About “Learn Bambara”...

I made “learnbambara.com” as an extension of An ka taa, my US-based LLC that focuses primarily on providing resources, lessons and media for Manding learners and speakers.

I made it as a separate website because I realized that more people would be able to find me and my services with a more recognizable English-language URL.

 

 

About me...

Filming a “Na baro kè” episode for  An ka taa  in 2018 in Bamako, Mali.

Filming a “Na baro kè” episode for An ka taa in 2018 in Bamako, Mali.

My name is Coleman Donaldson (or Adama Diallo/Jalo if you prefer). I’ve been teaching, researching and promoting Bambara and Manding more broadly since 2009. Currently...

  • I teach Bambara through online lessons as well as online feedback programs that use WhatsApp and GoogleDocs

  • I write about Bambara and Manding on ankataa.com

  • I produce videos for learning Bambara and Manding on An ka taa’s YouTube channel

 

 

My journey with Bambara...

Me sweeping my courtyard during my Peace Corps service in Burkina Faso.

Me sweeping my courtyard during my Peace Corps service in Burkina Faso.

I originally began learning Manding in 2009 as a Peace Corps Volunteer in Burkina Faso. Upon departing in 2011, I was certified as Advanced High in Jula during my final Language Proficiency Interview.

In 2011-2012 as a Fulbright scholar I attended l'Institut National des Langues et Civilisations Orientales in Paris where I was a student of Manding linguistics and Bambara under Professor Valentin Vydrin.

Since 2012 I have been conducting linguistic, historical and qualitative research on speech and literacy practices in the Eastern Manding varieties of Burkina Faso, Mali, Guinea and Côte d'Ivoire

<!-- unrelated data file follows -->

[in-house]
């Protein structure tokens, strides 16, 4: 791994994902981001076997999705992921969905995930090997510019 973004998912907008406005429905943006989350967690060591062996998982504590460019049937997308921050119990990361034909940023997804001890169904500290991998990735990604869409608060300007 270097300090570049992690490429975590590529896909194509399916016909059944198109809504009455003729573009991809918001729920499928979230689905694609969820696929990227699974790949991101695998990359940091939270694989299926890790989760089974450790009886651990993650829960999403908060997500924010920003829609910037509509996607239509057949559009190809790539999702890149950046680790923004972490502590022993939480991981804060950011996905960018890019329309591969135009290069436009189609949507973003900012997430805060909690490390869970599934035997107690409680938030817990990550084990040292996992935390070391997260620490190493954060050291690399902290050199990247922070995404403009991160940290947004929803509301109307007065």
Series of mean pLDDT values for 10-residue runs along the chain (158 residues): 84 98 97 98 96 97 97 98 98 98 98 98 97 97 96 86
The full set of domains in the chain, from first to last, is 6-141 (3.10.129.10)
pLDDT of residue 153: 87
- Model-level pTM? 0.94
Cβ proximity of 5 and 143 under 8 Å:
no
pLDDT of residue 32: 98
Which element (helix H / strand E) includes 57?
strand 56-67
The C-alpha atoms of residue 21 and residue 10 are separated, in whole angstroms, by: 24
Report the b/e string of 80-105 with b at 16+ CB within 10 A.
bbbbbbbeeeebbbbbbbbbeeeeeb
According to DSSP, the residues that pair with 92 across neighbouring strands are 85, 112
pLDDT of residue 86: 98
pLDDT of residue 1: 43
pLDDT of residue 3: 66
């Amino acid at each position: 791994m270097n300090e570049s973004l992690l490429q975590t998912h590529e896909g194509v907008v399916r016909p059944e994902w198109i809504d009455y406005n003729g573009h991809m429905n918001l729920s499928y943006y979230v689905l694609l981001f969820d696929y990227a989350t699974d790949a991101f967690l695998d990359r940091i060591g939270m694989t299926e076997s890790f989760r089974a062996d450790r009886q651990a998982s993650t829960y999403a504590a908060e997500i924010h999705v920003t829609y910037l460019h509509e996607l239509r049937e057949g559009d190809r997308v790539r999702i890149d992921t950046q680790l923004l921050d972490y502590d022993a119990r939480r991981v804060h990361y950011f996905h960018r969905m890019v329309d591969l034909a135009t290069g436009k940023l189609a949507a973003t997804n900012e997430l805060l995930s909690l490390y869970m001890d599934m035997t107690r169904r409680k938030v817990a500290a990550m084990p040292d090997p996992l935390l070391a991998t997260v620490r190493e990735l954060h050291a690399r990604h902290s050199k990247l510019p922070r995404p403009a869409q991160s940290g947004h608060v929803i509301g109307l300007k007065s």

During my doctoral studies I benefited from two academic-year Foreign Language Area Studies (FLAS) fellowships for studying Maninka through the N'ko writing system and one summer 2013 FLAS for Maninka to attend the Université de Julius Nyerere in Kankan, Guinea.

In 2016, I collaborated with a French company, Linguarena, to produce a French language textbook and app for learning Bambara.

Me with my N’ko instructor, host and friend in Guinea during fieldwork for my dissertation.

Me with my N’ko instructor, host and friend in Guinea during fieldwork for my dissertation.

I received my PhD in Educational Linguistics from the University of Pennsylvania in 2017. My dissertation focused linguistic ethnography of the Manding-speaking activism in the N’ko movement in West Africa and the diaspora.

I’m currently a Postdoctoral Researcher in the Ajami Lab at the University of Hamburg investigating Manding-language literacy practices and texts using the Arabic script.

You can learn more about my research career and other projects at my career website.